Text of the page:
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					                             Flip Science – “Balloon Rocket”

                                     By: Jaden Olson

Part 1:

Topic: Bases and Laws of Motion                                         Subject: Science

Materials: baking soda, vinegar, lemon juice, orange juice, water, measuring cup,
measuring spoons, small bottle with a narrow opening (old soap bottle or water
bottle would work), funnel, balloons (various sizes is optional), two clear glasses

Grade Level Standards: 5th
5.3S.1 Based on observations and science principles, identify questions that can be
tested, design an
experiment or investigation, and identify appropriate tools. Collect and record multiple
observations while
conducting investigations or experiments to test a scientific question or hypothesis.

5.2 Interaction and Change: Force, energy, matter, and organisms interact
within living and non- living systems.
5.3S.3 Explain the reasons why similar investigations may have different results.
Grade Level Standards: 7th
7.2P.1 Identify and describe types of motion and forces and relate forces qualitatively
to the laws of motion and gravitation.
7.3 Scientific Inquiry: Scientific inquiry is the investigation of the natural
world based on observations and science principles that includes
proposing questions or hypotheses, designing procedures for questioning,
collecting, analyzing, and interpreting multiple
forms of accurate and relevant data to produce justifiable evidence-based
explanations.
Part 2:
“Engage”
I will begin this activity by waving my hands around and asking students if they
think air is real? I will ask if they can feel the air and how do they know it is there?
I will ask if they can see the air?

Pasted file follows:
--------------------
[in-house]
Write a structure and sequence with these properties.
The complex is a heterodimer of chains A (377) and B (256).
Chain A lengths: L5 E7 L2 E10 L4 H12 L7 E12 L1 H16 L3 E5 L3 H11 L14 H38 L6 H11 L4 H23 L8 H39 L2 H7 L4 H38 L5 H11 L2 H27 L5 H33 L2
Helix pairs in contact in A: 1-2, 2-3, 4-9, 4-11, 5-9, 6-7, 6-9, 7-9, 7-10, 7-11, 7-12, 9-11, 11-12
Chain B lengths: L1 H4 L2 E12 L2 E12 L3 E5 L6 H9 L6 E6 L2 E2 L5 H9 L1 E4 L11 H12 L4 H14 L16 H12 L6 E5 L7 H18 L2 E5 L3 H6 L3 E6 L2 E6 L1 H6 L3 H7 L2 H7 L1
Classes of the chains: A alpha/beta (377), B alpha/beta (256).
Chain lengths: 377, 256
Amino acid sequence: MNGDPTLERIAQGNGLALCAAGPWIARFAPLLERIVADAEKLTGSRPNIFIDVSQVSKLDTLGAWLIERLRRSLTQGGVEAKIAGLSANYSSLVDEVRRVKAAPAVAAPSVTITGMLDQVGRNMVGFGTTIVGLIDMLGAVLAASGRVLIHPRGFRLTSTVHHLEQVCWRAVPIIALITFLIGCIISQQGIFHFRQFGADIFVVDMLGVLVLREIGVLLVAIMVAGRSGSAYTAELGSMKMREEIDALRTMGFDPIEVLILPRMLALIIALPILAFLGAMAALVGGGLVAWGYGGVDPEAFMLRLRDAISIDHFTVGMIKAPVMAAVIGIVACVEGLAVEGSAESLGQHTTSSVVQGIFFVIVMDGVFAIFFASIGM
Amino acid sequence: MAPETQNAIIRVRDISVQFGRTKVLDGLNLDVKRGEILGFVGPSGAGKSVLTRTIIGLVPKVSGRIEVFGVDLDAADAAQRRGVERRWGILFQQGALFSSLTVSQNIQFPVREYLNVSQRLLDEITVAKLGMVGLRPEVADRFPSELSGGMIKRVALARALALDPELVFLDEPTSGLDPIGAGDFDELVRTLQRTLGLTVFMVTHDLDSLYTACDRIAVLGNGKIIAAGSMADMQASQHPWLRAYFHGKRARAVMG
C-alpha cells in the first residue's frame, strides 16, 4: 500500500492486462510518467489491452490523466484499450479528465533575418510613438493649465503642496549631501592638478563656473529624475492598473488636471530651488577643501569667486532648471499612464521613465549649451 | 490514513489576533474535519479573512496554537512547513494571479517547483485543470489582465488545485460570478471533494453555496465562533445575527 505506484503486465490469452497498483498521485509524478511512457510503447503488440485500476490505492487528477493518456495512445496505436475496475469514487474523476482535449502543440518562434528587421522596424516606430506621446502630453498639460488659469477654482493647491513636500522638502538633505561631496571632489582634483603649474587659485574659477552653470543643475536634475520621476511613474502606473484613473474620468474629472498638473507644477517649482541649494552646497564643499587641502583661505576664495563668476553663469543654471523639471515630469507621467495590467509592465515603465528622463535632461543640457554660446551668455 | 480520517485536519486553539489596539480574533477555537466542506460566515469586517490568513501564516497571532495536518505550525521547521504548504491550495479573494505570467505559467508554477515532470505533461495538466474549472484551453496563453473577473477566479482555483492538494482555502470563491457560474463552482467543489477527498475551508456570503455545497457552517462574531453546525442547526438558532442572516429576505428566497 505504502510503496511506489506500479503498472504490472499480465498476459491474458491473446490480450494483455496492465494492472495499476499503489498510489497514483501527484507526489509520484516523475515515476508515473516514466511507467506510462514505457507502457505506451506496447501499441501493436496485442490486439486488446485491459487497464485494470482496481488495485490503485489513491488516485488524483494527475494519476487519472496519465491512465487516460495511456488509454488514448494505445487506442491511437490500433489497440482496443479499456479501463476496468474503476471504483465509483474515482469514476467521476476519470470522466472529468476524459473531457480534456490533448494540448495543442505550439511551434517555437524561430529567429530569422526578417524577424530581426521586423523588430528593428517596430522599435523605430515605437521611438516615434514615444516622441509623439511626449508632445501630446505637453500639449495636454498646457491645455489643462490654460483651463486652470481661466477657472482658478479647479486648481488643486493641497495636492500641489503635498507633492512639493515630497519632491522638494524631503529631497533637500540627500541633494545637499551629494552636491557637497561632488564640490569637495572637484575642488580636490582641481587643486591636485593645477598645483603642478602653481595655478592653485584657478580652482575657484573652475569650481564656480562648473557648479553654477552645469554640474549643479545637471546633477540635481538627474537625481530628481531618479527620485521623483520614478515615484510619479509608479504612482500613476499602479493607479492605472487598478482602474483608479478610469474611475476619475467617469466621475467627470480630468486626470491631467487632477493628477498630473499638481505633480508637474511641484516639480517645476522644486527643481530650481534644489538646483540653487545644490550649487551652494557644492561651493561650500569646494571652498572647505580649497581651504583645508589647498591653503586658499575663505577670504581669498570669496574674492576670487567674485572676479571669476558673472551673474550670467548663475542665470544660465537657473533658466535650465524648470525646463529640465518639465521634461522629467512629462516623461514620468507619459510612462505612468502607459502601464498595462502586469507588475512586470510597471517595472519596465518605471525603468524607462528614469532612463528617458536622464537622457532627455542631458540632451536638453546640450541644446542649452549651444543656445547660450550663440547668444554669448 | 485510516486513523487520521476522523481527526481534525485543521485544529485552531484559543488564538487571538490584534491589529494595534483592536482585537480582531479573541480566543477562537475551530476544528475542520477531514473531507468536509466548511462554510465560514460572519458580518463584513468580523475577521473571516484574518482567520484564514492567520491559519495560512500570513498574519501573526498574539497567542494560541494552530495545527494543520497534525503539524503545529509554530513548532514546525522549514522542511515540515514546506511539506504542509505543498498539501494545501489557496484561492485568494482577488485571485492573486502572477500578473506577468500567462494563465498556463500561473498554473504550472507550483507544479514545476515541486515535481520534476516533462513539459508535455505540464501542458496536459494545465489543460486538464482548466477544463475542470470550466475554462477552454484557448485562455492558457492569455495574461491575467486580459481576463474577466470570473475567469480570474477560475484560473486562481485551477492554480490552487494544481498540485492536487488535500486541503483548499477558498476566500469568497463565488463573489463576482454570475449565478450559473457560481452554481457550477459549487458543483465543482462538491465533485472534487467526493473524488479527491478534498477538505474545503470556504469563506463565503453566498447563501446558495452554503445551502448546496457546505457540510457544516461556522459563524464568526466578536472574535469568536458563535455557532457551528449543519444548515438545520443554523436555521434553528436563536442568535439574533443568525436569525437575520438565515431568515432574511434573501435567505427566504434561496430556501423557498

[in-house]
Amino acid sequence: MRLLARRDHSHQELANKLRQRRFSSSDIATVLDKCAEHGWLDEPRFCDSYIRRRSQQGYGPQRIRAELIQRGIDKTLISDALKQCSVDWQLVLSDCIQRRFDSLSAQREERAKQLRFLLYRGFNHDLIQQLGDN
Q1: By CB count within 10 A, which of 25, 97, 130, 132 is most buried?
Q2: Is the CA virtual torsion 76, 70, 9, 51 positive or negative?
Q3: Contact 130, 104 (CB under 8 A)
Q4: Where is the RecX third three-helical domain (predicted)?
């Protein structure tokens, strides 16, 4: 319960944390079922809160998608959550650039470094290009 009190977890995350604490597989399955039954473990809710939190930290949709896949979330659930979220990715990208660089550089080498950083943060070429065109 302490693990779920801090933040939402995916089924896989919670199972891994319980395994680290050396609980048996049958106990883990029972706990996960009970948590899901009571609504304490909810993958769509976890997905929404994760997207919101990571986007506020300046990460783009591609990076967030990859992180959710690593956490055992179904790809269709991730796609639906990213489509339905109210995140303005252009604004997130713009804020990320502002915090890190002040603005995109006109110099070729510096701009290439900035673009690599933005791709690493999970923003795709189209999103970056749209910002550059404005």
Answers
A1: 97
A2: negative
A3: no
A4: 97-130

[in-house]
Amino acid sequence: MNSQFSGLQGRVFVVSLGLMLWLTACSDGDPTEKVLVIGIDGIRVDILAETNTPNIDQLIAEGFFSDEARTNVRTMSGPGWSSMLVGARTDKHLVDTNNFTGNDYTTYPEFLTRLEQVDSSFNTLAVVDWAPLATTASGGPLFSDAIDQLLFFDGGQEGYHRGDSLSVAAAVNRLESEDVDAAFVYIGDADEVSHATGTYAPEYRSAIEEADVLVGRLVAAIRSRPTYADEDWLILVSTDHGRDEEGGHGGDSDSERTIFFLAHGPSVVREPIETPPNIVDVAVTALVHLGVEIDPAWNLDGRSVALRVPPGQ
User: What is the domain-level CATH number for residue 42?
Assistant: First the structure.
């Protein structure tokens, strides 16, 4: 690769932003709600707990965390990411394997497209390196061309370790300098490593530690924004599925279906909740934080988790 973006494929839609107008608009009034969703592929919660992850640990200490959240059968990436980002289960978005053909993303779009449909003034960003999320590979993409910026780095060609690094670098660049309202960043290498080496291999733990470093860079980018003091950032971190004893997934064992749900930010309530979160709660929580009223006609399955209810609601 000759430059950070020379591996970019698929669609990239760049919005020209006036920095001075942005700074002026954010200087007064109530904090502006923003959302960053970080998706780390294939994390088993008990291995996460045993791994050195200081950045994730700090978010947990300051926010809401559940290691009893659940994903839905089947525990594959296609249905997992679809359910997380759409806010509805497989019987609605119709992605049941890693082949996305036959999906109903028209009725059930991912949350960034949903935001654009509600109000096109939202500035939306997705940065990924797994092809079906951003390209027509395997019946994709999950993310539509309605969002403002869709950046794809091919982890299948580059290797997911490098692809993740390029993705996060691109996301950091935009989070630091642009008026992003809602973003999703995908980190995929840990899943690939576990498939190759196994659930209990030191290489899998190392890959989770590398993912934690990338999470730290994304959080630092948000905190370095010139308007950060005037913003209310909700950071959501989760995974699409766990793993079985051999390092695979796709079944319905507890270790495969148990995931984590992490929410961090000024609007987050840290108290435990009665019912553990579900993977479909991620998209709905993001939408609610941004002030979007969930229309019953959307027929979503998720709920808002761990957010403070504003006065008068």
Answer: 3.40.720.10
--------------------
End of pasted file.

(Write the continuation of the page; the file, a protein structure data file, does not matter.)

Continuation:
I will blow up a balloon and then let the air out and show students how
sometimes we “see” air and definitely feel it.
Before we can start exploring about air you will need to set up an exploration
page in your science notebooks. Use the title “Balloon Rockets” and then list the
materials we will use. You will need your science notebook, a pencil, baking
soda, vinegar, lemon juice, water, measuring cup, measuring spoons, small
bottle with a narrow opening (an old soap bottle would work), funnel , balloons of
various sizes, and 2 clear glasses
“Explore”
As we begin any exploration, we will need to come up with up with a focus
question. We need to think about what will happen to the air of the balloon if we
put it over a container with the following ingredients in it; lemon juice, vinegar,
and baking soda. We also need to think about what will happen to baking soda if
we mix it with different liquids? Pause this video and write a focus question in
your science journal.
Here is the focus question that I came up with. Since we are both doing the same
exploration let’s all use this focus question. Please add this question in your
science notebook underneath your focus question and make sure you do not
erase your original focus question. We will talk about other possible focus
questions that we could have used when we return to class. Here is our focus
question: How can acids and liquids cause reactions when mixed together?
Now before we start to predict and develop a plan we must think about the scientific
concepts in this lesson. When dealing with baking soda and vinegar do you
remember which is a base and which is an acid? If you said that vinegar is an acid
and baking soda is a base then you are on the right track.

With this in mind we are going to make a prediction. In your science notebook write